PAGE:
More control, less rights

It is maintained by the Times that Mexico’s governing party and other legislators have been hard at work to put in place other control mechanisms, including a number of versions of another law designed to make it legal for the Latin American country’s army to enforce domestic security.

According to a statement issued by the Mexican government, the newly proposed military bill would help to regulate the armed forces – a new law that would give them the legal power to continue on in their so-called “essential” role in fighting organized crime within the nation’s borders.

However, Jan Jarab – who serves as the representative for the United Nations’ high commissioner for human rights in Mexico – indicated that government officials are basing the proposed bill on wrong assumptions.

"But that isn't the right question," Jarab expressed to the Times. "The right question is, 'Should they continue to do it at all?' … The right question is, 'Has the military paradigm been successful?' … The answer to that – in a huge and overwhelming majority – is 'No.'"

Consider Supporting Us?

The staff at Onenewsnow.com strives daily to bring you news from a biblical perspective. If you benefit from this platform and want others to know about it please consider a generous gift today.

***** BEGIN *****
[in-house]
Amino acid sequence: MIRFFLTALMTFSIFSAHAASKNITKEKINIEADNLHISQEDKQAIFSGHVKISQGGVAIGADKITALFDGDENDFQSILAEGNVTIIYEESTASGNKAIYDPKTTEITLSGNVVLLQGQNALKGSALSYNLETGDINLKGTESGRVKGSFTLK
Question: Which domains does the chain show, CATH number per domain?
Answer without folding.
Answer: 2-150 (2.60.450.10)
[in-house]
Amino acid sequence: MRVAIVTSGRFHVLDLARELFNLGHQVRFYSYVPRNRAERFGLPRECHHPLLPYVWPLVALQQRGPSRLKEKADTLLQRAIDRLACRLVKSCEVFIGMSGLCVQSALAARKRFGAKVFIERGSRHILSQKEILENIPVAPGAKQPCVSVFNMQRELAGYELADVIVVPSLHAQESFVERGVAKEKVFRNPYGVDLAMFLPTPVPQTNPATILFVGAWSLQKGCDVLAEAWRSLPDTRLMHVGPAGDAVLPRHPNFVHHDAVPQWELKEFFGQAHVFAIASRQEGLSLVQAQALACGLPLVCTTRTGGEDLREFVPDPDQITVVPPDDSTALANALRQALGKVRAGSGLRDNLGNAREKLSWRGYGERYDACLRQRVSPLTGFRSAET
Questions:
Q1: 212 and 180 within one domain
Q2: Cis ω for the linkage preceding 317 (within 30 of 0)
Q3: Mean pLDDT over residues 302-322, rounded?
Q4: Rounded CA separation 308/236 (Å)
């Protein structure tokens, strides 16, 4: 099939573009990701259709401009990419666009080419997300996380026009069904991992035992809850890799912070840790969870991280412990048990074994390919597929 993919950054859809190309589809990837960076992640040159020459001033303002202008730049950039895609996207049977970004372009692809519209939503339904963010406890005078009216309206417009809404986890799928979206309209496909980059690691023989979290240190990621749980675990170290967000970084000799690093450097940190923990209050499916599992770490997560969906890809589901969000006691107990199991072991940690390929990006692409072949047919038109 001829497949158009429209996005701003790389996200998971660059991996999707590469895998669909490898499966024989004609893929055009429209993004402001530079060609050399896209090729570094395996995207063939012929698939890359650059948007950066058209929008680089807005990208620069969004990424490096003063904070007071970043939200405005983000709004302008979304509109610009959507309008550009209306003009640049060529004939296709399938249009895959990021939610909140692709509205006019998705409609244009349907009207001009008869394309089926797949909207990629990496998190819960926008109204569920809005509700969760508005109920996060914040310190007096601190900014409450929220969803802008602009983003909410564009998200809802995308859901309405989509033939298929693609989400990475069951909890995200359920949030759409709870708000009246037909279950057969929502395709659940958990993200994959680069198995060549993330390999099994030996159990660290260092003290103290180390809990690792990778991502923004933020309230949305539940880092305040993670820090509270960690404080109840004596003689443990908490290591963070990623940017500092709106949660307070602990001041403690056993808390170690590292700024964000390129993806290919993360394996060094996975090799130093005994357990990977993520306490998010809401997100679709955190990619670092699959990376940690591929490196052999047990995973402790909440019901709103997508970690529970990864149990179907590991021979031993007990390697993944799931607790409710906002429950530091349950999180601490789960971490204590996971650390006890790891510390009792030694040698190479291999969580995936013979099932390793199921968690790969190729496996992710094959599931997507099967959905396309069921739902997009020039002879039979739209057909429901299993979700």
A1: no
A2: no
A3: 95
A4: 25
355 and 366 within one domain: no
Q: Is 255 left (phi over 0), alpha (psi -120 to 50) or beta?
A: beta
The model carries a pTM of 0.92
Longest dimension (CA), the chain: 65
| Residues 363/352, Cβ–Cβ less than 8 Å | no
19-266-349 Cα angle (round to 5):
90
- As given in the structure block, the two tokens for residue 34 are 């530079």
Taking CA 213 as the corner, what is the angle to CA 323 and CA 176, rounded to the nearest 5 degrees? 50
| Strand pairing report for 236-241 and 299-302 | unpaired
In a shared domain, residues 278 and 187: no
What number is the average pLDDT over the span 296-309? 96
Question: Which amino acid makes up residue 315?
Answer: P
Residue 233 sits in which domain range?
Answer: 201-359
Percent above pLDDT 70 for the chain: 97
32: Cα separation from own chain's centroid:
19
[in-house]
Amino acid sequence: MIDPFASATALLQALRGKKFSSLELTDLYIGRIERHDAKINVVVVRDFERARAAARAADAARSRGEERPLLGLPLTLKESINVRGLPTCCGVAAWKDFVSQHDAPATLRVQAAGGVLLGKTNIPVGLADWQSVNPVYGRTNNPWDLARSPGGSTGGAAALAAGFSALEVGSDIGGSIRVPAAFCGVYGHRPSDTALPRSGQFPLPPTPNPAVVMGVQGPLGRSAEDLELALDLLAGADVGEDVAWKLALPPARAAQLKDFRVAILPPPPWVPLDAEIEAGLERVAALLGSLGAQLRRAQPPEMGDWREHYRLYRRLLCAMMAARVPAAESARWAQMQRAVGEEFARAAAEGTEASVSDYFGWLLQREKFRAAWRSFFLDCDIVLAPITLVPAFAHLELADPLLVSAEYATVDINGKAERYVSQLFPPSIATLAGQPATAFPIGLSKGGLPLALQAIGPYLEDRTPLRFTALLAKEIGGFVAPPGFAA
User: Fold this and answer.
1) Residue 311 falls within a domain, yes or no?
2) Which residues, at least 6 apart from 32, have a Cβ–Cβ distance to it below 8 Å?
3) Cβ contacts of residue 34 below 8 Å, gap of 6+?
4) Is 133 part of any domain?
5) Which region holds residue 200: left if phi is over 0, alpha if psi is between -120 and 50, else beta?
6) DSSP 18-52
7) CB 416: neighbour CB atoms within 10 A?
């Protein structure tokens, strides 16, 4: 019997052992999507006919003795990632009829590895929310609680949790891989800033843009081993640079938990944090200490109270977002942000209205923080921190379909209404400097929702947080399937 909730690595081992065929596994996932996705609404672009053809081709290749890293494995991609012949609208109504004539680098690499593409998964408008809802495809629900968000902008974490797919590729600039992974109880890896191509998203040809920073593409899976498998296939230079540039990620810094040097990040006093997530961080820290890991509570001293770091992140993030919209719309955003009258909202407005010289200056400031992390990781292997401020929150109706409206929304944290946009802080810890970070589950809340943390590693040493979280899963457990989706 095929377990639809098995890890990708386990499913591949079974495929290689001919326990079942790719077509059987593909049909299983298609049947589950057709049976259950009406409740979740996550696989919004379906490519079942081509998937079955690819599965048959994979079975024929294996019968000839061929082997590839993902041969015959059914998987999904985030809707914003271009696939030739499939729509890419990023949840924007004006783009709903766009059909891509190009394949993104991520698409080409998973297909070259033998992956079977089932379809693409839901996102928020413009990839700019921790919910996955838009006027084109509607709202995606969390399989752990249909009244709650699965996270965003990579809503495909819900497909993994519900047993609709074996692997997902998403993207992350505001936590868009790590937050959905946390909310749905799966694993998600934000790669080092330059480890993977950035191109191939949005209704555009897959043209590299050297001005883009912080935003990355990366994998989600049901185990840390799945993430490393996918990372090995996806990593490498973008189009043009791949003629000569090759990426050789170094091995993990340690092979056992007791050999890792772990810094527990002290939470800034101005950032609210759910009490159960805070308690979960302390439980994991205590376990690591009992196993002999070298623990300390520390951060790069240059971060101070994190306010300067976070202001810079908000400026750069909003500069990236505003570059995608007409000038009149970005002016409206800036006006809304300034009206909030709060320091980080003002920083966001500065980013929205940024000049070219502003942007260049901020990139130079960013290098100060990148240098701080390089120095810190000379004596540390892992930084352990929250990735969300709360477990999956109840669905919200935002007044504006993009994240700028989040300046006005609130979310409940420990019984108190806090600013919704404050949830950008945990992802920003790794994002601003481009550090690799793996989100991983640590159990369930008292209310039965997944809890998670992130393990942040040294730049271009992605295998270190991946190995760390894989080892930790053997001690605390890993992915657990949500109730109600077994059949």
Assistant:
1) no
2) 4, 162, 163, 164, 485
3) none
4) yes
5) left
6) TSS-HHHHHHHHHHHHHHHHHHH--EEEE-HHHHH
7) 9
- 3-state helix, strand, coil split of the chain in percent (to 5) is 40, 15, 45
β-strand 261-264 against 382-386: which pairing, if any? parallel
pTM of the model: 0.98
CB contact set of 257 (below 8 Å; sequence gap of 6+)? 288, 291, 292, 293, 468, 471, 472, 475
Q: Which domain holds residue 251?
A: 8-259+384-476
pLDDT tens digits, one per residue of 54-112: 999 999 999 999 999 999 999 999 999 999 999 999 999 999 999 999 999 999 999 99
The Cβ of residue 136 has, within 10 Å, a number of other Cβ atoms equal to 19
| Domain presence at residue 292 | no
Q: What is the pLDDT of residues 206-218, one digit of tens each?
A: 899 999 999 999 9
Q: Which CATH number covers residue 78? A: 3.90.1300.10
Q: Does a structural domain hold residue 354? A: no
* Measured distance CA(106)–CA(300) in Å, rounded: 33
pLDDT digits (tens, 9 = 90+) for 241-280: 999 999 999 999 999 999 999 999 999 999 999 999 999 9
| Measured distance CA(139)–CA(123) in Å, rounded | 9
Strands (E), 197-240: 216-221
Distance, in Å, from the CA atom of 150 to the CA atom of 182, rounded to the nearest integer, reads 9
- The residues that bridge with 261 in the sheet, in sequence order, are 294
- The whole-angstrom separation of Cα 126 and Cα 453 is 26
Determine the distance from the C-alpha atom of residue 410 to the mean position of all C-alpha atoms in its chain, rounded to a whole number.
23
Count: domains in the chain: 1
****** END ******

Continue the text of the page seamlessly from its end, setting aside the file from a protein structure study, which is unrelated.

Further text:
MAKE A DONATION

Comments

We moderate all reader comments, usually within 24 hours of posting (longer on weekends). Please limit your comment to 300 words or less and ensure it addresses the article - NOT another reader's comments. Comments that contain a link (URL), an inordinate number of words in ALL CAPS, rude remarks directed at other readers, or profanity/vulgarity will not be approved. More details

SIGN UP FOR OUR DAILY NEWSBRIEF

SUBSCRIBE

VOTE IN OUR POLL

Should vaccination of children be decided by parents/guardians – or by government regulations?

CAST YOUR VOTE

GET PUSH NOTIFICATIONS

SUBSCRIBE

LATEST AP HEADLINES

Charges, insults fly after Trump aide assails congresswoman
Trump: Considering Powell and Taylor for Fed's top 2 posts
Suicide bombings in Afghanistan hit mosques, killing 63
Somalia's death toll now at 358 as 'state of war' planned
Sanders says Wilson is 'all hat, no cattle'
Senate GOP backs budget, clears way for tax overhaul
Poll:Vegas shooting doesn't change opinions on guns

LATEST FROM THE WEB

Bill O’Reilly accuses Rep Wilson of 'setting up' Trump in call to military widow
How many defectors escape NKorea and why don't we hear more from them?
Afghan troops going AWOL in U.S.
Media ignoring real Democratic scandals
Media, et al. attack Gen. Kelly - a Gold Star father - for defending Trump's call

CARTOON OF THE DAY

Cartoon of the Day

REASON & COMPANY

NEXT STORY
Obama-Clinton uranium scandal w/Russia exposed?

Hillary and Putin RussiaWhile then-Secretary of State Hillary Clinton decided whether to allow the sale of a company holding 20 percent of America’s uranium capacity to the Russian government, tens of millions of uranium investor dollars were received by the Clinton Foundation – not to mention a $500,000 speaking fee received by Bill Clinton from a Kremlin-affiliated bank.